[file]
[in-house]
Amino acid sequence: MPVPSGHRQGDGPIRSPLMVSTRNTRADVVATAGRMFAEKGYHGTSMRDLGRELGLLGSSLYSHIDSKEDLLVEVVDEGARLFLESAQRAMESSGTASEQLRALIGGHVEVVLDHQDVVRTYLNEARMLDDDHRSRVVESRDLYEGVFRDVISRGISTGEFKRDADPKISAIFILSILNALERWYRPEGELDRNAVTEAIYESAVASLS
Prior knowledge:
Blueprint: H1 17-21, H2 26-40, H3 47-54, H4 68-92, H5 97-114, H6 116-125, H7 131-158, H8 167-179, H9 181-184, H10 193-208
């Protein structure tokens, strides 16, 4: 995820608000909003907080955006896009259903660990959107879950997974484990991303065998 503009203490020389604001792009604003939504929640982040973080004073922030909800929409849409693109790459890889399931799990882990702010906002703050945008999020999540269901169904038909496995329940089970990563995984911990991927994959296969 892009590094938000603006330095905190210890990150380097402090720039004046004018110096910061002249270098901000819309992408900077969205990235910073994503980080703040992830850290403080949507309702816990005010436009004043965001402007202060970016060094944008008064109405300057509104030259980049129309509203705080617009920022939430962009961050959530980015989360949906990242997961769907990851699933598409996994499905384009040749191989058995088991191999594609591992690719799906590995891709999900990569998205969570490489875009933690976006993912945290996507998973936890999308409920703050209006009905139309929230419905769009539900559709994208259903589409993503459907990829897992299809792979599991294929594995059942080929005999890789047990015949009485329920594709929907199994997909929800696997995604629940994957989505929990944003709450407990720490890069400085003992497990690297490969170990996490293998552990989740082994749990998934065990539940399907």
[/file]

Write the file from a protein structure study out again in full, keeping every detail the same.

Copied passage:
[in-house]
Amino acid sequence: MPVPSGHRQGDGPIRSPLMVSTRNTRADVVATAGRMFAEKGYHGTSMRDLGRELGLLGSSLYSHIDSKEDLLVEVVDEGARLFLESAQRAMESSGTASEQLRALIGGHVEVVLDHQDVVRTYLNEARMLDDDHRSRVVESRDLYEGVFRDVISRGISTGEFKRDADPKISAIFILSILNALERWYRPEGELDRNAVTEAIYESAVASLS
Prior knowledge:
Blueprint: H1 17-21, H2 26-40, H3 47-54, H4 68-92, H5 97-114, H6 116-125, H7 131-158, H8 167-179, H9 181-184, H10 193-208
């Protein structure tokens, strides 16, 4: 995820608000909003907080955006896009259903660990959107879950997974484990991303065998 503009203490020389604001792009604003939504929640982040973080004073922030909800929409849409693109790459890889399931799990882990702010906002703050945008999020999540269901169904038909496995329940089970990563995984911990991927994959296969 892009590094938000603006330095905190210890990150380097402090720039004046004018110096910061002249270098901000819309992408900077969205990235910073994503980080703040992830850290403080949507309702816990005010436009004043965001402007202060970016060094944008008064109405300057509104030259980049129309509203705080617009920022939430962009961050959530980015989360949906990242997961769907990851699933598409996994499905384009040749191989058995088991191999594609591992690719799906590995891709999900990569998205969570490489875009933690976006993912945290996507998973936890999308409920703050209006009905139309929230419905769009539900559709994208259903589409993503459907990829897992299809792979599991294929594995059942080929005999890789047990015949009485329920594709929907199994997909929800696997995604629940994957989505929990944003709450407990720490890069400085003992497990690297490969170990996490293998552990989740082994749990998934065990539940399907």